US Department of Transportation

FHWA PlanWorks: Better Planning, Better Projects

IEFStep 6 : Develop Crediting Strategy

Integrated Ecological Framework Step

Purpose & Outcome


Develop a consistent strategy and metrics to measure ecological impacts, restoration benefits, and long-term performance with the goal of having the analyses throughout the life of the project be in the same units and language, to the maximum extent possible.

  • Improving and integrating the mitigation sequence at a site level through: Avoidance using a metric that provides a systematized and structured scenario analysis that leads into, Minimization which is aided by the same metric providing the basis for outcome-based performance standards, which sets the stage for Compensation which is defined by the same metric calculating the debit/credit totals associated with the project impacts and mitigation outcomes, respectively.
  • Accelerating implementation and improving mitigation results.
  • Supporting implementation tools such as advance mitigation, banks, programmatic permitting, and ESA Section 7 consultation.
  • Supporting use of off-site mitigation and out-of-kind mitigation where appropriate, since equivalency of value can be determined across locations and resources.
  • Informing adaptive management and updates of the cumulative effects analyses
  • Balancing gains and losses of ecological functions, benefits and values associated with categories of transportation improvements or specific project related impacts.
  • Providing the means of tracking progress towards regional ecosystem goals and objectives (assumes site-level ecological metrics are correlated to the landscape-level tools used to define the REF).


TIP: To access more information on sub-steps, please visit the complete Guide to the Integrated Ecological Framework.

  1. Diagnose the measurement need. Examine the ecological setting (including regulated resources and frameworks, non-regulated resources, and ecosystem services); examine the regulatory and social setting; and identify additional opportunities.
  2. Evaluate ecosystem and landscape needs and context to identify measurement options.
  3. Select or develop units and rules for crediting (e.g., rules for field measurement of ecological functions, approved mitigation/conservation banking, outcome-based performance standards using credit system).
  4. Test applicability of units and rules in local conditions.
  5. Evaluate local market opportunities for ecosystem services.
  6. Negotiate regulatory assurance for credit.
  7. Program implementation.

Technical Questions

  • How will debits/credits be calculated? Is credit stacking allowed?
  • What is the permissible service area for a bank, off-site mitigation?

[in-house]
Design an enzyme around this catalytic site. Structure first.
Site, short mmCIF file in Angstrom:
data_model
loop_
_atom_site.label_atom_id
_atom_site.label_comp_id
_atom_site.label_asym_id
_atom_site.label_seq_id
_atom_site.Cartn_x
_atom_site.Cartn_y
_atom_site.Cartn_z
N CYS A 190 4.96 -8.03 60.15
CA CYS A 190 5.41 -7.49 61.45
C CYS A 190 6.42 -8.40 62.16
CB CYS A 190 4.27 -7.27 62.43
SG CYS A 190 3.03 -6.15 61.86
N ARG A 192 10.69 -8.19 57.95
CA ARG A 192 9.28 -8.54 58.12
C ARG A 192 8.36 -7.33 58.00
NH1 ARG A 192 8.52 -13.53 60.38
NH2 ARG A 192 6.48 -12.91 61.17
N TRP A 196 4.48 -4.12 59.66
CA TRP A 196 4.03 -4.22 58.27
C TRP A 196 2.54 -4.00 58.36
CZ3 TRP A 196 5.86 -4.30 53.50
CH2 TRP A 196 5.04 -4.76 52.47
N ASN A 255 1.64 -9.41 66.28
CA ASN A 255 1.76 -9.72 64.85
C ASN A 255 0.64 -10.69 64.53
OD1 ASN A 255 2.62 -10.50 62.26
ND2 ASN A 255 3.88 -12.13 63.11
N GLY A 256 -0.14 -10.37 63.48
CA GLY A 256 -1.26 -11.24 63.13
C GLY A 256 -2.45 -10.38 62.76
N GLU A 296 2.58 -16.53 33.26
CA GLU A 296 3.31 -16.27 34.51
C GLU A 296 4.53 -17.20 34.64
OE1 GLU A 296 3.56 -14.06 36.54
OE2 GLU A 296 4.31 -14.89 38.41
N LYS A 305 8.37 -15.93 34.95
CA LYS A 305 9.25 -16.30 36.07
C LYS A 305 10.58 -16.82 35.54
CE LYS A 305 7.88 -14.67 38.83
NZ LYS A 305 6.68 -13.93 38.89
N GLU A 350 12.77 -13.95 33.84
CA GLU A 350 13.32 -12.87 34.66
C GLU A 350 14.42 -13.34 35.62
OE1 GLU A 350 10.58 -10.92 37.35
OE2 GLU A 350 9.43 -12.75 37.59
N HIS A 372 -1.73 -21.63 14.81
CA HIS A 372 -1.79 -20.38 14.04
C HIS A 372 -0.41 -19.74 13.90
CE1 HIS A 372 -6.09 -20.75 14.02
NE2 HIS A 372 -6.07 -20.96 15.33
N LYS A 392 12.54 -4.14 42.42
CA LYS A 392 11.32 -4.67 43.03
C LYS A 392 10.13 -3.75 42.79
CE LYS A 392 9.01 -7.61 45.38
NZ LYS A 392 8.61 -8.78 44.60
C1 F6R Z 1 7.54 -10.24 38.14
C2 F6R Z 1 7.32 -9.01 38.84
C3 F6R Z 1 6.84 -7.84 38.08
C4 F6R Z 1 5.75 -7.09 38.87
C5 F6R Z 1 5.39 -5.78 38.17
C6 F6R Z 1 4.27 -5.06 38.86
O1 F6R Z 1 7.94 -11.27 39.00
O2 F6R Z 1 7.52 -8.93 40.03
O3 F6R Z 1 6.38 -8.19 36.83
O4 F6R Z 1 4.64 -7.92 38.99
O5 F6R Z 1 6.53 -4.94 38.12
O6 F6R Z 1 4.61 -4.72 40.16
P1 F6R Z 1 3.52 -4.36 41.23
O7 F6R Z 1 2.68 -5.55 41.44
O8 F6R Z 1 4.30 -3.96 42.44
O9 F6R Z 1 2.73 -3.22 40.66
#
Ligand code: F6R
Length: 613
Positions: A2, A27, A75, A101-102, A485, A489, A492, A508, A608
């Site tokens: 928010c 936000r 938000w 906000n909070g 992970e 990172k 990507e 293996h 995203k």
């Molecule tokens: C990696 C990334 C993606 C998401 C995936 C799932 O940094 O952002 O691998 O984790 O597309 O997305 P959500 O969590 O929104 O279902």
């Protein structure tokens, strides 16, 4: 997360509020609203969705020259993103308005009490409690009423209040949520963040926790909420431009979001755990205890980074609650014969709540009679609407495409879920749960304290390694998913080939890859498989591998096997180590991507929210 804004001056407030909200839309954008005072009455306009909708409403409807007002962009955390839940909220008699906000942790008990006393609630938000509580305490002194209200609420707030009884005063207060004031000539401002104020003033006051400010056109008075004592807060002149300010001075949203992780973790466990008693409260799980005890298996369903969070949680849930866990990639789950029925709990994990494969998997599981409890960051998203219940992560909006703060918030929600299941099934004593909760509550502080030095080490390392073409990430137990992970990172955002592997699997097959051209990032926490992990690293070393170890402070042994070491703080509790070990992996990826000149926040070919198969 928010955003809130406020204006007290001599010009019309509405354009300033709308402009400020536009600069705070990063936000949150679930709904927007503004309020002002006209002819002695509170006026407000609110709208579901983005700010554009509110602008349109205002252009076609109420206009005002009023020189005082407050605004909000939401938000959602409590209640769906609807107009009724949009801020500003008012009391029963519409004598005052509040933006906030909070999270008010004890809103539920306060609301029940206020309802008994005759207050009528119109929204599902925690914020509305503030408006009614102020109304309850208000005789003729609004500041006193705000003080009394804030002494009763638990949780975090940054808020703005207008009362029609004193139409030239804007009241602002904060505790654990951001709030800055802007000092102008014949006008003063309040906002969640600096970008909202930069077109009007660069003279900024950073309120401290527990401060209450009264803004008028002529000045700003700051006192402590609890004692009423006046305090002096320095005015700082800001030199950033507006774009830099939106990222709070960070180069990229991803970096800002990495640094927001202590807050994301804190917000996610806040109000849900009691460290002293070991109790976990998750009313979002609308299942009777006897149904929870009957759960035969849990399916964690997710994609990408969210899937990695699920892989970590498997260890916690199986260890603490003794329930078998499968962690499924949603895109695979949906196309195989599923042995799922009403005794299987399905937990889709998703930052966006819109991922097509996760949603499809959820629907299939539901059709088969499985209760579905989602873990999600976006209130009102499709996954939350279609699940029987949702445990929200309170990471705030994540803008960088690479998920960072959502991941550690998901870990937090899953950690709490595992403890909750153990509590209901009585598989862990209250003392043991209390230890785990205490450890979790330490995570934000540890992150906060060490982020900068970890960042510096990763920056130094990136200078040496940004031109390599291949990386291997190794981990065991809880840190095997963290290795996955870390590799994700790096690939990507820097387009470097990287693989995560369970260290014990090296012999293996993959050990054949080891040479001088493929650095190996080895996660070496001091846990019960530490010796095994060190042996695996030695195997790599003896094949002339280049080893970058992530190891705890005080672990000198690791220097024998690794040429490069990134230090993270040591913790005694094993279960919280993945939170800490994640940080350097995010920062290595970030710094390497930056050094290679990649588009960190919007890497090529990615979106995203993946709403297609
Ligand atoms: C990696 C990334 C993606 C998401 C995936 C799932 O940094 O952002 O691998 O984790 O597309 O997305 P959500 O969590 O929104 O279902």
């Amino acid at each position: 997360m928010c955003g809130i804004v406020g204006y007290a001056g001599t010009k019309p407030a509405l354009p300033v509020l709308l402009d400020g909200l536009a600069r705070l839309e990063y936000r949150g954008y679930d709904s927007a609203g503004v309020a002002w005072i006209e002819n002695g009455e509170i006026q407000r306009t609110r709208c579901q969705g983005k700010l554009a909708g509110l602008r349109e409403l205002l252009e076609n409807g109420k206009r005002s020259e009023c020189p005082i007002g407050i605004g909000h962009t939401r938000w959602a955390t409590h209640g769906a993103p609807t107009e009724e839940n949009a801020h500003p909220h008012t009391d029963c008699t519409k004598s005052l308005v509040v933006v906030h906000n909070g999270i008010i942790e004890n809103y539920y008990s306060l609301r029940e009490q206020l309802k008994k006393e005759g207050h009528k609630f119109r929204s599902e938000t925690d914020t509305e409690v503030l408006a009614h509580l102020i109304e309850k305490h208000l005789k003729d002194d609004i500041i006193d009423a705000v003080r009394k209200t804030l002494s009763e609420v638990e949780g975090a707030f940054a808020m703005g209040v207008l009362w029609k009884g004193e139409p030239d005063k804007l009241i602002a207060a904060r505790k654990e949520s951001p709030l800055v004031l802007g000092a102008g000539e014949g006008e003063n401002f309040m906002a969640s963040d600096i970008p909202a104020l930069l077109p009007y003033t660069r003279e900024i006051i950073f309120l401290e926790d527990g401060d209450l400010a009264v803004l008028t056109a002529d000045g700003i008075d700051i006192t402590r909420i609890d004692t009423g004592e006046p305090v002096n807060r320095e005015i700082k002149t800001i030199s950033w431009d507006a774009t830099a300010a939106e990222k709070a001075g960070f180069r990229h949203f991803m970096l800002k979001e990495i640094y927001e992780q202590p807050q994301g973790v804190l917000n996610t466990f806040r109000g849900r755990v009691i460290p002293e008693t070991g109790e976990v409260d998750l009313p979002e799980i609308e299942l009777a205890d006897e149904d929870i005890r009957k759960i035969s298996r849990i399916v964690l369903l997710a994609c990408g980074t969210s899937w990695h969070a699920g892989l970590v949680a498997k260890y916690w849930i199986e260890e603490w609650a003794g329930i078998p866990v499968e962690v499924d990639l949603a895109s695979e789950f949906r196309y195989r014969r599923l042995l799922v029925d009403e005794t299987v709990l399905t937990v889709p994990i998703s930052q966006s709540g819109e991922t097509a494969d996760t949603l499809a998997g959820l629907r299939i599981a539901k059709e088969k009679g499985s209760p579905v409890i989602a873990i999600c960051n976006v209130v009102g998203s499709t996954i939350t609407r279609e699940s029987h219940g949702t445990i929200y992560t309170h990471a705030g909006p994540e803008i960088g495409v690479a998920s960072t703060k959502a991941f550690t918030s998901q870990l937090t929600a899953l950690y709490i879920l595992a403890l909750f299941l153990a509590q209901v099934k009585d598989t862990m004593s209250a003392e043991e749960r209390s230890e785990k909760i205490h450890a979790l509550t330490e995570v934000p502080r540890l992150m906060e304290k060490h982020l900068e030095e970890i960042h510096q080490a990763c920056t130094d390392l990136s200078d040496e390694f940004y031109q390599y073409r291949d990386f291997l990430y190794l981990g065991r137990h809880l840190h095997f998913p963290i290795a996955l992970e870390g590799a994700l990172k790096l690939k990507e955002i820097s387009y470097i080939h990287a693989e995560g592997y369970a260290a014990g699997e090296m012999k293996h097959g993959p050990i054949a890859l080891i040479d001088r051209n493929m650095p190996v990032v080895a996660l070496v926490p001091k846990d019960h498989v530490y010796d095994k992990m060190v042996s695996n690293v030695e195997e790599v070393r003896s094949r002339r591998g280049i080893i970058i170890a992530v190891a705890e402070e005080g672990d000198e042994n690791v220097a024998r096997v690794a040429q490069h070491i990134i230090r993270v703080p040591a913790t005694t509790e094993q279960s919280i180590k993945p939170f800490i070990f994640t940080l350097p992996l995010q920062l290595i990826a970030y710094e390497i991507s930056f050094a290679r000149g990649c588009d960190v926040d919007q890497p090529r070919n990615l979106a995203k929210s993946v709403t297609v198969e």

• Who may participate in the crediting system?
  • How will credits be registered and tracked?
  • How long will regulatory decisions on a given project be binding?
  • How will values be calculated across locations and resources?
  • What long-term monitoring is needed?


  • Permitting and compliance requirements in the study area
  • Other regulation-based and voluntary conservation efforts that may identify species, habitats, or systems that require attention
  • The regional mitigation need and banking (if used)
  • Permitting documents from projects over the previous five years

Case Study Examples

Click on the arrows below for detailed information on each case
  • Location: South Carolina

    Description: When the Carolina Bays Parkway required additional interchanges, several South Carolina agencies came together to prioritize which local area was in the most need of protection and focus their attention there instead of at the actual site of the construction where mitigation efforts would not be able to effectively support ecosystem objectives. This led to the successful protection and enhancement of local wildlife linkage corridors connecting the two local wildlife preserves. In 2003, the interagency team, which had searched for opportunities to preserve, enhance, and expand the Lewis Ocean Bay NHP and the wildlife linkage corridor, signed an agreement outlining steps to accomplish these goals. South Carolina DOT (SCDOT) and the FHWA put $2.5 million into an escrow account to be spent on the preservation and expansion of Lewis Ocean Bay and the wildlife linkage zone. This Federal-aid money was agreed upon as partial mitigation for two new interchanges to be added to the Parkway. A management system was also put in place for the funds, with members of the USFWS, SCDNR, USACE, and NOAA Fisheries Service forming an Ecosystem Committee to oversee the expenditure of those funds on projects that will enhance, preserve, or expand the Lewis Ocean Bay NHP and protect the Waccamaw River wildlife linkage corridor. Additionally, SCDOT purchased access control of a public road, which limited growth opportunities in that area and protected some of the land adjacent to the Preserves. SCDOT also invited private landowners to become part of the solution. In exchange for one of the new interchanges on the Parkway, the private landowners are donating to SCDNR a 320-acre tract of land. This tract was a privately owned in-holding within Lewis Ocean Bay NHP that could have been developed.

Tools & Methods

Click on the arrows below for detailed information on each tool or method.